Audix ADX-90 Condenser Microphone

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Drum Kit Microphone Placement Seminar Held 10/7/06
At Hyde Street Studios In San Francisco During The 121st AES Show.


Audix ADX-90

Intro

The Audix ADX-90 is a miniature electret condenser mic with a cardioid pattern. Smartly outfitted with a "mount anywhere" clamp, this affordable mic is well suited to a number of studio applications.

Ratings

Sound Quality: 4
Ease of Use: 5
Value: 5
Functionality: 4

How They Work!

The new addition to the Audix ADX Contractor Condenser microphone line is the miniature ADX-90 electret condenser. This is a small, black anodized aluminum condenser mic (6 oz/170 grams) placed at the end of a miniature four-inch D-Flex gooseneck. It is fitted with a mount anywhere shock-mounted clamp made of chromed steel. The clamp has rubberized jaws and a thumb screw for secure attachment to anything from a drum rim to the inside of a grand piano. In addition, there is another shock mount that isolates the gooseneck from the clamp assembly, ensuring no possible mechanical connection between the mic's body and the mounting clamp.

Perfect For Drums

The ADX-90's clamp cuts back the number of drum stands needed around a drum kit, which is appealing on a few levels. First of all, there are a lot less mic stand legs interfering with cymbal and tom stands on the floor; second, it makes for a better-looking drum kit. Since these mics are very low profile, they are a natural for drum kits and live stage sound.

Audix was kind enough to send me four of these little jewels, and I quickly put them to work on a drum session. I mounted them on the first four tom-toms of a large kit (the drummer happens to use six toms). The ADX-90's clamped very easily on the rims of the drums and the goosenecks made it easy to aim the cardioid microphones. Since there isn't an XLR connector sticking out of the end of the mic itself, there's no concern that the cymbal will contact the mic when it swishes and tilts--a common problem with regular mics. If you've have ever had no room to get a snare drum mic placed where you wanted it, then these are the mics for you! You can simply clamp an ADX-90 to the rim on the opposite side of the snare drum. Miking the snare on the bottom is just as easy as miking on top, and you won't have the mic stands in the way of the stands for the snare, hi-hats, rack toms, or cymbals.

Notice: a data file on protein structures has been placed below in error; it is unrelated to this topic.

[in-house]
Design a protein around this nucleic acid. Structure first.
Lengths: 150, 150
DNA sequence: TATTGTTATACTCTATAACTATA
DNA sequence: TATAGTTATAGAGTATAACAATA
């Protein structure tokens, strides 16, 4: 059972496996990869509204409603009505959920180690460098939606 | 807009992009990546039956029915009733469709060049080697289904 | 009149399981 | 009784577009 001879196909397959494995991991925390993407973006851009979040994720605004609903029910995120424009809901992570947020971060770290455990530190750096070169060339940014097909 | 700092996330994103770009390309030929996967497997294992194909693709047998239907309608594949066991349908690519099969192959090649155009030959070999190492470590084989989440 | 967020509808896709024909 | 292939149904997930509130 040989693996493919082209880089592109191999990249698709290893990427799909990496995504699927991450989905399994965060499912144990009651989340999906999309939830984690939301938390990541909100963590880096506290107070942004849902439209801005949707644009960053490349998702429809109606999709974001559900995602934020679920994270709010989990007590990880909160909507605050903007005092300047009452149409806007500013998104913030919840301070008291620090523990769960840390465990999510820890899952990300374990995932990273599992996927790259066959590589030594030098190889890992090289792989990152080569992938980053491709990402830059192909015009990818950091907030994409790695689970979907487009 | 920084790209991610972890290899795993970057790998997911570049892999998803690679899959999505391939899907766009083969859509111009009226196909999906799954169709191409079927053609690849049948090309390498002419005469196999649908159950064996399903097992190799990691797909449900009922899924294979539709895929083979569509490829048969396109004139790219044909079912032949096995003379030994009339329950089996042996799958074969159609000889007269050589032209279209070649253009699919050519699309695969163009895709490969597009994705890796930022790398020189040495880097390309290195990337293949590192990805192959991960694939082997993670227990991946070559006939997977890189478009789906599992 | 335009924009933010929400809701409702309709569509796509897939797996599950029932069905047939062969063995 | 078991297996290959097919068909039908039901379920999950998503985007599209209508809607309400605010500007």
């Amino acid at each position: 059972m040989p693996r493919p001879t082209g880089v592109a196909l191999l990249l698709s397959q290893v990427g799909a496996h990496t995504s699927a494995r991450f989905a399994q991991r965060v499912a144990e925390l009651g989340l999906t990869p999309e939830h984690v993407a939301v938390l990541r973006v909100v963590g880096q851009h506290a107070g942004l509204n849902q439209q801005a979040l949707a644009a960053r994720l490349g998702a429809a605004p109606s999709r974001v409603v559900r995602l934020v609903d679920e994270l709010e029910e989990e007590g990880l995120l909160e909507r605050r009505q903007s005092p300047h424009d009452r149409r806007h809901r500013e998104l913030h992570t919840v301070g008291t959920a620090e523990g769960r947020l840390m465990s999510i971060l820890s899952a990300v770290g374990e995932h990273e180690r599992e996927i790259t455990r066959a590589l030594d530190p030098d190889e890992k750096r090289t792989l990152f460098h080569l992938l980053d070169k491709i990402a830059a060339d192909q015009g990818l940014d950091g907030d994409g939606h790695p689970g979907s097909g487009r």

Love The Sound

For light- to medium-hitting drummers, condensers give me one of my favorite drum sounds. Condensers are always brighter, so I equalize less which allows more of the individual tonalities of each drum and cymbal to be captured. For loud, bashing drummers, the sonic difference can be more or less lost; dynamic mics might work better for such players. (Hello Audix! How's about some dynamic versions of these mics?) In my drummer's case, it was a jazz session with light to medium drum intensities, and the ADX-90's were perfect. And that is not to say I wouldn't try them on a hard rock drummer, since the ADX-90's are rated at 135dB maximum SPL and have greater than 25dB of off-axis rejection. At $199 MSRP each, one doesn't have to fear placing super-expensive vintage condensers on a kit where the drummer is using a pair of Louisville sluggers for sticks. My next band recording will see these mics used on the drums. I like the idea of the off-axis rejection spec; I can keep most of the cymbals' sound wash out of the tom mics without using downward expanders.

Smart Design

The ADX-90's have 50Hz to 18kHz frequency response and a sensitivity of 5mV. You'll only need 9 to 52 volts of phantom powering even though these are pre-polarized electret mic elements. The phantom is just powering what looks like an elongated XLR connector/adapter. Audix was smart to put a mini-connector on the 14-foot lightweight cable that comes from the mic gooseneck and plugs into the XLR phantom power supply adapter/connector. You can leave the XLR/adapter in the studio's mic panel and unplug the mic and cable if you need to.

In The Studio

With good sound and plenty of level coming into the console, I found not much proximity effect when close miking the toms. The sound might be described as somewhere between a dynamic and a vintage condenser: Better low-end than a dynamic but a little less transparency than other condensers I have used. Using the mics on drums was the first thing I went for, but I can think of other uses for the ADX-90's. With guitars, for instance, I would clamp right to the speaker cabinet's edge. On a piano, I would clamp inside and close the lid, avoiding drum leakage when recording a live rhythm section.

The ADX-90's are affordable, very practical around the studio, and sound good. At a suggested retail price of $199, each mic comes with an integral clamp, foam windscreen, cable, protective carrying pouch, and phantom power supply adapter.

For more information: Contact Audix at 9400 SW Barber Street, Wilsonville, OR 97070. Telephone them at: 800-966-8261 or 503-682-6933. Web to: www.audixusa.com



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